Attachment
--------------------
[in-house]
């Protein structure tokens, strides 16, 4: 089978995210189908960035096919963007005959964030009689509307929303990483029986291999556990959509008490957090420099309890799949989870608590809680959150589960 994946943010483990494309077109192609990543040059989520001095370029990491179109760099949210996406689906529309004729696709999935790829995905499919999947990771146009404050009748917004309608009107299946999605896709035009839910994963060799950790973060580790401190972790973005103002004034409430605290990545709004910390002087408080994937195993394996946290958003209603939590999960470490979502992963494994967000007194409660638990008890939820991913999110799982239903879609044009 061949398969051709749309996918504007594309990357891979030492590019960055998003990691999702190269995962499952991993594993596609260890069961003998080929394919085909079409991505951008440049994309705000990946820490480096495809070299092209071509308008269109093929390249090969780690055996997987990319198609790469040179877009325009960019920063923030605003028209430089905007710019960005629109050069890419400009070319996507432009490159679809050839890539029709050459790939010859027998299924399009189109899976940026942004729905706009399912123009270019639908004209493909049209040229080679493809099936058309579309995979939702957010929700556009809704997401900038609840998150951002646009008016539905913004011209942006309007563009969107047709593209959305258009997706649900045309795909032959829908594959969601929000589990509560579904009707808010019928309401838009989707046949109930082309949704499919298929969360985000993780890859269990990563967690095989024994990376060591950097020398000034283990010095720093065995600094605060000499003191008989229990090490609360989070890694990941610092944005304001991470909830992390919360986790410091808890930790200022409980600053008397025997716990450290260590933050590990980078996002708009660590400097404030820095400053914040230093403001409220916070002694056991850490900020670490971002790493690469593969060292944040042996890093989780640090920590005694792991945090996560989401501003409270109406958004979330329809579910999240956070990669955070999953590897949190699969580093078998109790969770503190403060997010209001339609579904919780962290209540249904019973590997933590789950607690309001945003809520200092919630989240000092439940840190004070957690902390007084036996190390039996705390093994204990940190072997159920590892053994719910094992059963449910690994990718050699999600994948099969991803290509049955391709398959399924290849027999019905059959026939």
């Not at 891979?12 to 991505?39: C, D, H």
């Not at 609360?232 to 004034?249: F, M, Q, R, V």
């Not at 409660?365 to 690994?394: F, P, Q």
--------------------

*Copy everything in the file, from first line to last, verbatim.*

[in-house]
């Protein structure tokens, strides 16, 4: 089978995210189908960035096919963007005959964030009689509307929303990483029986291999556990959509008490957090420099309890799949989870608590809680959150589960 994946943010483990494309077109192609990543040059989520001095370029990491179109760099949210996406689906529309004729696709999935790829995905499919999947990771146009404050009748917004309608009107299946999605896709035009839910994963060799950790973060580790401190972790973005103002004034409430605290990545709004910390002087408080994937195993394996946290958003209603939590999960470490979502992963494994967000007194409660638990008890939820991913999110799982239903879609044009 061949398969051709749309996918504007594309990357891979030492590019960055998003990691999702190269995962499952991993594993596609260890069961003998080929394919085909079409991505951008440049994309705000990946820490480096495809070299092209071509308008269109093929390249090969780690055996997987990319198609790469040179877009325009960019920063923030605003028209430089905007710019960005629109050069890419400009070319996507432009490159679809050839890539029709050459790939010859027998299924399009189109899976940026942004729905706009399912123009270019639908004209493909049209040229080679493809099936058309579309995979939702957010929700556009809704997401900038609840998150951002646009008016539905913004011209942006309007563009969107047709593209959305258009997706649900045309795909032959829908594959969601929000589990509560579904009707808010019928309401838009989707046949109930082309949704499919298929969360985000993780890859269990990563967690095989024994990376060591950097020398000034283990010095720093065995600094605060000499003191008989229990090490609360989070890694990941610092944005304001991470909830992390919360986790410091808890930790200022409980600053008397025997716990450290260590933050590990980078996002708009660590400097404030820095400053914040230093403001409220916070002694056991850490900020670490971002790493690469593969060292944040042996890093989780640090920590005694792991945090996560989401501003409270109406958004979330329809579910999240956070990669955070999953590897949190699969580093078998109790969770503190403060997010209001339609579904919780962290209540249904019973590997933590789950607690309001945003809520200092919630989240000092439940840190004070957690902390007084036996190390039996705390093994204990940190072997159920590892053994719910094992059963449910690994990718050699999600994948099969991803290509049955391709398959399924290849027999019905059959026939």
């Not at 891979?12 to 991505?39: C, D, H």
């Not at 609360?232 to 004034?249: F, M, Q, R, V």
């Not at 409660?365 to 690994?394: F, P, Q």